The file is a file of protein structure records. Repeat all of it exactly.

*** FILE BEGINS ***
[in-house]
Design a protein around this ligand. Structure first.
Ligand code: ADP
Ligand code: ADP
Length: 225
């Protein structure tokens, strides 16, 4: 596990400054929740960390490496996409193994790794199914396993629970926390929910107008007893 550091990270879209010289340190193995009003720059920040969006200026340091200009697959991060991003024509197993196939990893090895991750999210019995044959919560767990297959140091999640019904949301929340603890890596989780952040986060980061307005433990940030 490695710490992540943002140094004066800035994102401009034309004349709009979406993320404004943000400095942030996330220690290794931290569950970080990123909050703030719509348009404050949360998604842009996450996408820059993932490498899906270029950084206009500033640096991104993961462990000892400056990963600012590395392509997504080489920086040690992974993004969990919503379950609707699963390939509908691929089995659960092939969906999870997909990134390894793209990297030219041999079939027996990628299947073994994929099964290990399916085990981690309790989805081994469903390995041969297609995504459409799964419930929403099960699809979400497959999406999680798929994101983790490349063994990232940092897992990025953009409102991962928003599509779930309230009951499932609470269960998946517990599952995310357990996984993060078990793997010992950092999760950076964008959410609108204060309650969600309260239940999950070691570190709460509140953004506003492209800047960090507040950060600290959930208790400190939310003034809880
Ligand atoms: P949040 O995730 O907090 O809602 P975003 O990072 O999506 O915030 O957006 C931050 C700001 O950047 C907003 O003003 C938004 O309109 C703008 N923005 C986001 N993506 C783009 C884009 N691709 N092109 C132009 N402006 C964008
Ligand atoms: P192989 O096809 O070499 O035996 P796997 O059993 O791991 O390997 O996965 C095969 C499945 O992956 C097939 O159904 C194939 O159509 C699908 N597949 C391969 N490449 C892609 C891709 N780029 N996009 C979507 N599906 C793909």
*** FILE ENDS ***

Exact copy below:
[in-house]
Design a protein around this ligand. Structure first.
Ligand code: ADP
Ligand code: ADP
Length: 225
């Protein structure tokens, strides 16, 4: 596990400054929740960390490496996409193994790794199914396993629970926390929910107008007893 550091990270879209010289340190193995009003720059920040969006200026340091200009697959991060991003024509197993196939990893090895991750999210019995044959919560767990297959140091999640019904949301929340603890890596989780952040986060980061307005433990940030 490695710490992540943002140094004066800035994102401009034309004349709009979406993320404004943000400095942030996330220690290794931290569950970080990123909050703030719509348009404050949360998604842009996450996408820059993932490498899906270029950084206009500033640096991104993961462990000892400056990963600012590395392509997504080489920086040690992974993004969990919503379950609707699963390939509908691929089995659960092939969906999870997909990134390894793209990297030219041999079939027996990628299947073994994929099964290990399916085990981690309790989805081994469903390995041969297609995504459409799964419930929403099960699809979400497959999406999680798929994101983790490349063994990232940092897992990025953009409102991962928003599509779930309230009951499932609470269960998946517990599952995310357990996984993060078990793997010992950092999760950076964008959410609108204060309650969600309260239940999950070691570190709460509140953004506003492209800047960090507040950060600290959930208790400190939310003034809880
Ligand atoms: P949040 O995730 O907090 O809602 P975003 O990072 O999506 O915030 O957006 C931050 C700001 O950047 C907003 O003003 C938004 O309109 C703008 N923005 C986001 N993506 C783009 C884009 N691709 N092109 C132009 N402006 C964008
Ligand atoms: P192989 O096809 O070499 O035996 P796997 O059993 O791991 O390997 O996965 C095969 C499945 O992956 C097939 O159904 C194939 O159509 C699908 N597949 C391969 N490449 C892609 C891709 N780029 N996009 C979507 N599906 C793909």